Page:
From what Paul says here, I conclude that the gospel is the vicarious death, burial, and physical resurrection of the Lord Jesus Christ. But I also conclude that these are verified both by the Scriptures and the many eye witnesses who saw him after his resurrection. The veracity of these statements is just as important as the statements themselves. For if they are not true, we have no salvation. But since they are true, each of us have the opportunity to personally believe and rejoice in them.

So, let me ask you a final question. Now that you understand what the gospel is, do you believe it? Do you believe that Jesus actually died for your sins as the Bible says? Do you believe that he was buried and rose again as the Scriptures promised? Do you believe the report of Peter, Paul, and the many others who saw him after his resurrection? In order for you to claim God’s wonderful gift of salvation, God requires that you not only understand these facts, but that you personally believe them. Do you?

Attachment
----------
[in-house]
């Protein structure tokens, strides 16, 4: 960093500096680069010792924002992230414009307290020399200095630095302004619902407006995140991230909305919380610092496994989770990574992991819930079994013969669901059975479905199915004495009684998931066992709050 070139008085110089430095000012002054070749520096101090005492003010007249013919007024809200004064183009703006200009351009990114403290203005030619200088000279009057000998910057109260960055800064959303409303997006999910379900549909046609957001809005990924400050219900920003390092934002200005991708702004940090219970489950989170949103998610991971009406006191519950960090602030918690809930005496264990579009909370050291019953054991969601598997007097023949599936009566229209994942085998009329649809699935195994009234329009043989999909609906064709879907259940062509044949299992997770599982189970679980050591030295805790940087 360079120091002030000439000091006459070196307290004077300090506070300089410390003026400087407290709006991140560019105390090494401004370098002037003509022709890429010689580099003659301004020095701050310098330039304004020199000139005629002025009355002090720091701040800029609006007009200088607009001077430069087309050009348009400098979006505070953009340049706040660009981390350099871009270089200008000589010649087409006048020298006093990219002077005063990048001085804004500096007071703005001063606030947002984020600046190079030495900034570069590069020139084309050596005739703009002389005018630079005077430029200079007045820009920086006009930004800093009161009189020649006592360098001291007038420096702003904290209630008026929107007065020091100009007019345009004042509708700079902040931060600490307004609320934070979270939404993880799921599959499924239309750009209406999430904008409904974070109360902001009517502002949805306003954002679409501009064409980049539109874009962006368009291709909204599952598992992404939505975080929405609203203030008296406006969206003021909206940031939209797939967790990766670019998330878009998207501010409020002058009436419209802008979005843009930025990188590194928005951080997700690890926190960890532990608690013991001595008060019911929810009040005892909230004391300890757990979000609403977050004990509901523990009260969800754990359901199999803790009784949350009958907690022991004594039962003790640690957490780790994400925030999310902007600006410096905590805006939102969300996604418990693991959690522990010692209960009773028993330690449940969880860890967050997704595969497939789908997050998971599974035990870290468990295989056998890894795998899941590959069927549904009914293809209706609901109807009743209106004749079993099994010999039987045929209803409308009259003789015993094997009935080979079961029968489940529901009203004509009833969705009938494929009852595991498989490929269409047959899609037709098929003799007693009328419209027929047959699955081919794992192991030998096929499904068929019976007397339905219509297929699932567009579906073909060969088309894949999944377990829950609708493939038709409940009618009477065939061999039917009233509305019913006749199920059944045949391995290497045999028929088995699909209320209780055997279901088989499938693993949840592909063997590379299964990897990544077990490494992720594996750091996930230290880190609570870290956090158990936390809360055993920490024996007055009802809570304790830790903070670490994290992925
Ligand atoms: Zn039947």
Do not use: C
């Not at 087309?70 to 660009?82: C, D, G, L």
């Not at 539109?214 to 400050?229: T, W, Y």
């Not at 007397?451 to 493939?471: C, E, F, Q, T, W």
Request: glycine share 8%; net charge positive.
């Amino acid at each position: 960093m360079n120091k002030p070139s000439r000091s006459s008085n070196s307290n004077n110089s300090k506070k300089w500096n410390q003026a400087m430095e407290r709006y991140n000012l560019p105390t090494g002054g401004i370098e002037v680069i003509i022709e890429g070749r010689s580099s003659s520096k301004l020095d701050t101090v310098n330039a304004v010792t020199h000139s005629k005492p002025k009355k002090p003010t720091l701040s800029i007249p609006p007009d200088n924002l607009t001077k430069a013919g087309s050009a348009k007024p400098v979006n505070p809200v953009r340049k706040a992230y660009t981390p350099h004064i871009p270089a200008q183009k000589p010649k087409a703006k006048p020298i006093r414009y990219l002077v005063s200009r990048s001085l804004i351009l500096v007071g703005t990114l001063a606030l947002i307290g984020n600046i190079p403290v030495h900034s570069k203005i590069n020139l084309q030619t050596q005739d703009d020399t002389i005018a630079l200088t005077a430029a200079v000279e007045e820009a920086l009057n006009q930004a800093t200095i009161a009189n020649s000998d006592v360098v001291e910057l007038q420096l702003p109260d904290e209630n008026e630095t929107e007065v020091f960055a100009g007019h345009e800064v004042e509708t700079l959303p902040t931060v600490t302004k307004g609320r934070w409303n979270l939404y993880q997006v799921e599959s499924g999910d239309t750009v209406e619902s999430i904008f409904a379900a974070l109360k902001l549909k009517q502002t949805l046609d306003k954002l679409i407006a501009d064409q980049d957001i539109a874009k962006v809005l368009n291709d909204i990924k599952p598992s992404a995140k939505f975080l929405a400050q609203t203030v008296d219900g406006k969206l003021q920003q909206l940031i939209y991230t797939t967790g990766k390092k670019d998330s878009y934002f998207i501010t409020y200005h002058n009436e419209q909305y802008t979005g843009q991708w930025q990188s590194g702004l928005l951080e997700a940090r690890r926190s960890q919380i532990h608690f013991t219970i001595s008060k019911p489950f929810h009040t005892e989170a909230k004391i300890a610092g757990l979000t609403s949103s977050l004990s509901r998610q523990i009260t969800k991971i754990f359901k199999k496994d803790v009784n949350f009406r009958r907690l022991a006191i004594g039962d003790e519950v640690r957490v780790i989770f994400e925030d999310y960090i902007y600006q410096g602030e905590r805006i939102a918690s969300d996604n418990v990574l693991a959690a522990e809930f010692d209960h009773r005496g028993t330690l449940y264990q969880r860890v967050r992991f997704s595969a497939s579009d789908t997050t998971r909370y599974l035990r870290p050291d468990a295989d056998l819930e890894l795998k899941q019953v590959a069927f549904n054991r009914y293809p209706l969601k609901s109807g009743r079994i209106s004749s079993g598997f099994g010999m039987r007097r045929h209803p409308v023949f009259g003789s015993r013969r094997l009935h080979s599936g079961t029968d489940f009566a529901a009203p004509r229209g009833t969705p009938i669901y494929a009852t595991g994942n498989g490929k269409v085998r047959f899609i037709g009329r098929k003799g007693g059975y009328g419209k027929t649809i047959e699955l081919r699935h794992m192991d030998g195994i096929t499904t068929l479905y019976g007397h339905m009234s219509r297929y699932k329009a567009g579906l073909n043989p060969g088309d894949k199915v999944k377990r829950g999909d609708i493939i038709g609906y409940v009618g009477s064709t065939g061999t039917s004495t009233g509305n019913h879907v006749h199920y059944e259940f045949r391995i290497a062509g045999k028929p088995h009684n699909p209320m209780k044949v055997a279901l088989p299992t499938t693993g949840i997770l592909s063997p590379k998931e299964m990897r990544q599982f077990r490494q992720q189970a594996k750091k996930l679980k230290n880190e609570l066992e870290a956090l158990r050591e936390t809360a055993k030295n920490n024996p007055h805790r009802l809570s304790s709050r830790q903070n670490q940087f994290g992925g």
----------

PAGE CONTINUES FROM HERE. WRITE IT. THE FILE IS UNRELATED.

If you confess with your mouth the Lord Jesus and believe in your heart that God has raised Him from the dead, you will be saved. For with the heart one believes unto righteousness, and with the mouth confession is made unto salvation. For the Scripture says, “Whoever believes on Him will not be put to shame.” For there is no distinction between Jew and Greek, for the same Lord over all is rich to all who call upon Him. For “whoever calls on the name of the LORD shall be saved.”
—Romans 10:9-13